In the first half hour, Hayden and Ponting went along nicely. They didn't score extremely quickly, but certainly scored faster than they did the previous evening. Ponting continued to look the form player, and Ponting's second century of the match appeared to be there for the taking. Hayden didn't play flamboyantly and played a limited range of shots, but However, as sometimes happens, he got an edge on one to the keeper and was caught for 45. Lehmann then joined Hayden at the crease. Hayden continued to play decently but without real aggression. Lehmann on the other hand (perhaps under instructions from Waugh) after a while started to push the scoring rate a bit. He gave one chance - a shot to gully that really should have been caught. He hit two enormous sixes mid way through the middle session, helped Hayden to his hundred, and then decided to attempt to really push the run rate. (Assuming Steve Waugh intended to declare at tea, Lehmann had time to bring up his second century of the match if he really got a move on. However, when he did this, the weaknesses in his technique became very visible. His footwork was a dreadful mess, and his innings looked like the ugliest of one day innings' in the last five overs. Scott Wickstein commented the other day that Lehmann's technique has been spoiled by playing too much one day cricket, and he may be right, but the best one day players do not get into this kind of mess. Did Ponting's? footwork look like this in his brilliant century in the World Cup final? No way. Does Gilchrist ever look like this in one day games? No. Does Andrew Symonds ever look this bad? No. With Lehmann playing like this, he was very vulnerable to a bowler who genuinely bowled a good ball at the stumps, and Dillon was smart enough to notice this and bowl a good yorker. Lehmann was out bowled for 66. Steve Waugh declared at that point, setting the West Indies a target of 407 to win.

My thoughts on this are well done to Hayden. He was in a position where it would be good for him to score a century, and he was able to put one together when he needed to. He's all class. On the other hand, it may be uncharitable for me to call for the dropping of a player who has just scored 160 and 66 in a test match, but I am going to do this with respect to Lehmann. He clearly doesn't have the technique to succeed against good opposition. Australia have two more tests against the West Indies, then two against Bangladesh, then two against Zimbabwe. In that time, Lehmann could score quite a lot of runs. Then, however, some time soon he will encounter a genuinely good bowler in an opposing side, at which point Lehmann will look like, well, Dean Jones against Richard Hadlee, or Robin Smith against Shane Warne. Except that Lehmann isn't as good a player as either Jones or Smith, and he is capable of coming a cropper against lesser bowlers than Hadlee or Warne. There are potentially better players out there (Michael Clarke, for instance), and Lehmann isn't that young. Better to go with someone else, in my opinion. (I was less than impressed by the "black c---s" incident, too. The man really should know better).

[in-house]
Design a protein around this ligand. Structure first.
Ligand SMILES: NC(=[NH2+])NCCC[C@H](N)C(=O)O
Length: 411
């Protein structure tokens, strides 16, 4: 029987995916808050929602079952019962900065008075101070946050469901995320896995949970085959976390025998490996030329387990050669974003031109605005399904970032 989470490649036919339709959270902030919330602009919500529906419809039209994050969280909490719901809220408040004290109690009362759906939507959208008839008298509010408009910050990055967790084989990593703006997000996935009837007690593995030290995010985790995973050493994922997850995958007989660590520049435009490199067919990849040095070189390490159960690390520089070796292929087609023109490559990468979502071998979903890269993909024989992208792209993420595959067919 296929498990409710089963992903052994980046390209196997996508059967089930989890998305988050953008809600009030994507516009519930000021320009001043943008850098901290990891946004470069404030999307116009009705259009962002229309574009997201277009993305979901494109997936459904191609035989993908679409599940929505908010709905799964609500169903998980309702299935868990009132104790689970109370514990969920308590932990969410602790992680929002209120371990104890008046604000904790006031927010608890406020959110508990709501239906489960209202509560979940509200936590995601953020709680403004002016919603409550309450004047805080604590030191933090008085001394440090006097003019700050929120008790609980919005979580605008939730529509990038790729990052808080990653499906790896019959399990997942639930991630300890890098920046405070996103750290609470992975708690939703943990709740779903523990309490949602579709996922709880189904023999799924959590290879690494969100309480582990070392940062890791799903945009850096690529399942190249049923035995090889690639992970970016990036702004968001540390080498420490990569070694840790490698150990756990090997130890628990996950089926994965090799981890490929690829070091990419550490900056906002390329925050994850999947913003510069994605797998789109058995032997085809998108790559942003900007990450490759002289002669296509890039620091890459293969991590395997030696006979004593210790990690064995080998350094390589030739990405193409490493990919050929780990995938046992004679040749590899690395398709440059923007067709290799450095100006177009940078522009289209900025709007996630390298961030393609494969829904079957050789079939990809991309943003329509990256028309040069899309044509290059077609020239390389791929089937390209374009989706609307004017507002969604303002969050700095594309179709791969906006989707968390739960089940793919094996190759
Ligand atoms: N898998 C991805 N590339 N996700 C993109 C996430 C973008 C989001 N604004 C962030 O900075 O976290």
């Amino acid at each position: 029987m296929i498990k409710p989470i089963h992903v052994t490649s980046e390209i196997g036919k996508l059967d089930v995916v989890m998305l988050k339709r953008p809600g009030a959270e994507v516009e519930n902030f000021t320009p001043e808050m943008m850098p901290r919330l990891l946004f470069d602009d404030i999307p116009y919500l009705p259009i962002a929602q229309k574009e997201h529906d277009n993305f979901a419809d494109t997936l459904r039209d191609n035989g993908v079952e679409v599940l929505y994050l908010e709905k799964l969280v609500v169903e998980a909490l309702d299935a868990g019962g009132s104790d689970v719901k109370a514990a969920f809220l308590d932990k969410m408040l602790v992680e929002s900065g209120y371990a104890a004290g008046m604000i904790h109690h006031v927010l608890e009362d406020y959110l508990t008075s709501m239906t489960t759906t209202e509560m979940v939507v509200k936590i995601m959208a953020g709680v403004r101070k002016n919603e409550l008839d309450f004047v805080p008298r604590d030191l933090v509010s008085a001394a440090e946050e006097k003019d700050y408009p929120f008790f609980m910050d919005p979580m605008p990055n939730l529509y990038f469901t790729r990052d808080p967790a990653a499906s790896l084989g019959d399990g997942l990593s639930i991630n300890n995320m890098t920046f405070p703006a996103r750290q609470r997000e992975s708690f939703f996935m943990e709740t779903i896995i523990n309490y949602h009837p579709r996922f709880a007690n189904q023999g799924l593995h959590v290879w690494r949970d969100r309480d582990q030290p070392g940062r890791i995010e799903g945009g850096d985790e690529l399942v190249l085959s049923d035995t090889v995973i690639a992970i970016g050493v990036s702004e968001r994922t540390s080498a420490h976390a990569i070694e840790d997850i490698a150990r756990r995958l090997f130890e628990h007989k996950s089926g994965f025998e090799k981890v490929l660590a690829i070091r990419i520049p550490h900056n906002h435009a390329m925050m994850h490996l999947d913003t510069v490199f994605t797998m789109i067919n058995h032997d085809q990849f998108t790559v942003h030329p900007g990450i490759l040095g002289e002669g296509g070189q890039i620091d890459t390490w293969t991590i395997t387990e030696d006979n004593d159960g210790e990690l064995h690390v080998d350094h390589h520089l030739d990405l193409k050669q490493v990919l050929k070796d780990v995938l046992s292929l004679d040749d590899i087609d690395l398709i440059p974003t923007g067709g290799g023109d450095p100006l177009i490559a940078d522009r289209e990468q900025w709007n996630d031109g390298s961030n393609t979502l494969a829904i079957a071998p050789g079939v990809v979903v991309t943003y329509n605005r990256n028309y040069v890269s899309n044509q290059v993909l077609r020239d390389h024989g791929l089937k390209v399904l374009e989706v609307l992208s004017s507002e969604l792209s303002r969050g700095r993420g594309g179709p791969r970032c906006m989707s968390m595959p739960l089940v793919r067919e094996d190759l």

I think Waugh made the declaration around the right time, but I don't think the target was big enough for me to be entirely comfortable. I think Australia should have been able to score more runs in the match up to now. They should have scored 50 more leading up to the declaration in the first innings, and they should have scored 20 or 30 more in the evening on the third day. This game was always likely to end up with Waugh setting a target around tea on the fourth day. Given that, making this target as big as possible should have been the number one target. Australia lost a total of seven wickets in two innings out of a possible 20. Surely they could have got a few runs. It might have meant losing a couple more wickets, but who really cares. Australia have not played many matches like this lately, and it shows.

Still Australia got off to a good start, with Smith and more importantly Ganga out early to good fast bowling. At 2/12 it looked like Australia might win it easily. Then, however, Lara and Hinds got together and put on a good century partnership. Perhaps it wasn't so easy out there. It looked possible that the West Indies might finish the fourth day not exactly in a winning position, but at least with a certain amount of momentum going their way. However, MacGill got the wicket of Hinds in the second last over, with a ball that ran back onto the batsman's stumps after he hit it. The batsman was perhaps a little unlucky that it rolled onto the stumps, but he did play a bad shot, so he can't really complain. The intiative was therefore back with the Australians at stumps, which they wanted.

Still, Lara and Sarwan were batting. Another 300 is required from 90 overs with 7 wickets in hand. If Lara can bat all day, the West Indies will win. If he doesn't, they won't, and they will likely lose. That is now pretty much all there is to it. Lara is certainly capable of doing it, but the odds will be against him. If he does do it, then Steve Waugh will have to take a fair bit of the blame. A side that scores a total of 7/814 in its two innings of a match really shouldn't lose. They probably won't, but I think that if Waugh's captaincy had been better it would be out of the question entirely.